Oral History Interview with George A. Tolleson Page: 1 of 1
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VETERAN: GEORGE A. TOLLESON
HIGHEST RANK/GRADE: STAFF SERGEANT
INTERVIEWED BY: BRENT CARLISLE
At the age of 19, George Tolleson left Lodi, Texas, for basic training at Wichita Falls after being drafted by the
Army. George was transferred to the Air Corps after completing his basic training and flew to Harlingen in
South Texas for gunner training, then to March Field at Riverside, California for overseas training. At Mayther
Field in Sacramento, California, the crew was put together for a brand new B-24 heavy bomber. The pilot was the
only other person from Texas and the oldest crewmember at age 24. He had already been a trainer for fighter
pilots. The crew began training at night in California. During one training exercise, George noticed an engine
was on fire due to pilot error. The pilot adjusted the fuel mixture and the fire dispersed. George felt that this was
the best training he received. He was then assigned to be a nose gunner, meaning he was in charge of guarding
the nose of the plane with two .50 caliber rifles.
The training was completed and the bomb bays were filled half with guns and ammunition and half with beer
and whiskey. From Sacramento they flew to Honolulu, which was the last paved airstrip the crew would see for
25 months. Canton Island was their next destination. The island was so small that the runway went the full length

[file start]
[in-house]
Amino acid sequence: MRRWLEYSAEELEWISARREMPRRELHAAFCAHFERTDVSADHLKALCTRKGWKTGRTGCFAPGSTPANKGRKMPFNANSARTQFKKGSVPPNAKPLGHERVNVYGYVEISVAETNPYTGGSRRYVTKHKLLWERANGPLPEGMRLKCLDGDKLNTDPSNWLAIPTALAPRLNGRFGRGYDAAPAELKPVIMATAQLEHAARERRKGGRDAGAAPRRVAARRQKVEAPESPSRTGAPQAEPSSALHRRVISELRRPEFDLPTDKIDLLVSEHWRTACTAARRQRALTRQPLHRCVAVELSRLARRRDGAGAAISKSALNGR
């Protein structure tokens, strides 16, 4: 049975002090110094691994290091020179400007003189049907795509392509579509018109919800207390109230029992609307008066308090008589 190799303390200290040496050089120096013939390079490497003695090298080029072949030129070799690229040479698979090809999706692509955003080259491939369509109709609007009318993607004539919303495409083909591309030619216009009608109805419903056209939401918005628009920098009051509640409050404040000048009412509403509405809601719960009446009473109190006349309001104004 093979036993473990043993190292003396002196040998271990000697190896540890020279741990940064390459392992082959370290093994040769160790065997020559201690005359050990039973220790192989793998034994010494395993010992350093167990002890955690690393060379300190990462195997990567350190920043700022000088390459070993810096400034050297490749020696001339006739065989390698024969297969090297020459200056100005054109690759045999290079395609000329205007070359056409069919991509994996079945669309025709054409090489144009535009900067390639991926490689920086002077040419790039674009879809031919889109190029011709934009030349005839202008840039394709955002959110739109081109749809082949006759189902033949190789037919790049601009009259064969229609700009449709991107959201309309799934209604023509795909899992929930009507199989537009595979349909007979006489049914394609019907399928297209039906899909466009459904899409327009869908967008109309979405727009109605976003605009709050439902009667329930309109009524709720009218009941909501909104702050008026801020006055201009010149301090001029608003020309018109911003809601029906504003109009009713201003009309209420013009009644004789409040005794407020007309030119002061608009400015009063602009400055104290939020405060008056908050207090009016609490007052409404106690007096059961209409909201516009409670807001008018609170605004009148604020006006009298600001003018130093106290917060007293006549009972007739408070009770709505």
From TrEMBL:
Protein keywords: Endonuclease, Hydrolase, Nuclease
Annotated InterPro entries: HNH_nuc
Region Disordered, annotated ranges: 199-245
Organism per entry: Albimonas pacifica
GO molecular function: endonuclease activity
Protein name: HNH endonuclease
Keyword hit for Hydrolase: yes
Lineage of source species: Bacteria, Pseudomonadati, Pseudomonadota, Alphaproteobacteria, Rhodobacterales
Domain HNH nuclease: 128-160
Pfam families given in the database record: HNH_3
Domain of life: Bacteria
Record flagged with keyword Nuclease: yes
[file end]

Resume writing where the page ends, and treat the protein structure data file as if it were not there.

of the island. It took three passes before they made a successful landing. They refueled and left for the island of
Tarawa. Here they were loaded with bombs, given coordinates, and aerial photographs of their destination. New
Guinea was their target--a jungle area with a bridge target in the middle of it. There were rumors that "head
hunters" were in the target area, and they were told to be prepared in case they crashed.
New Guinea was the place of his most memorable moment of the war. There were no flight laws overseas,
so when a pilot flew in, stunts were expected. A P-38 Lightning came in doing some of the most impressive aerial
acrobatics he had seen. When he pulled up next to George's plane, they noticed the word "Tex" on the side of his
plane. Tex crawled out of his fighter wearing boots, cowboy hat, and to top it off, two pearl handled .45 pistols
in side holsters.
After completing their campaign in New Guinea and Las Negroes, they flew to the Samoan naval base in the
Philippines. They consistently bombed the oilfields of Borneo and Balik Papan (sic) that was heavily fortified.
Normally 25-100 bombers flew each mission. Here they faced the "ak-ak" guns of the opposition, and at least one
bomber was lost on every mission. They flew every other day and sometimes at night. Occasionally, they would
fool the "ak-ak" guns by using foil to confuse the opposition's radar. They flew several missions to Borneo and
Formosa (Taiwan). These took 15-17 hours round trip. Rubber tanks were used in two of the four bomb bays for
the extended trips.
George flew a mission to Formosa the day after Hiroshima was bombed. They dropped no bombs, but took
pictures and were instructed to neutralize the ground troop movement. They flew three more missions before
At the end of the war, George was put on an A-20 twin engine plane that was smaller, faster, and more
maneuverable. He later boarded a ship in Japan, and 15 days later landed in Seattle, then went by train to El Paso
where he was discharged at the age of 22 with 6 bronze stars and a rank of staff sergeant.
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Tolleson, George A. Oral History Interview with George A. Tolleson, text, Date Unknown; (texashistory.unt.edu/ark:/67531/metapth884687/m1/1/: accessed April 24, 2018), University of North Texas Libraries, The Portal to Texas History, texashistory.unt.edu; crediting Lee College.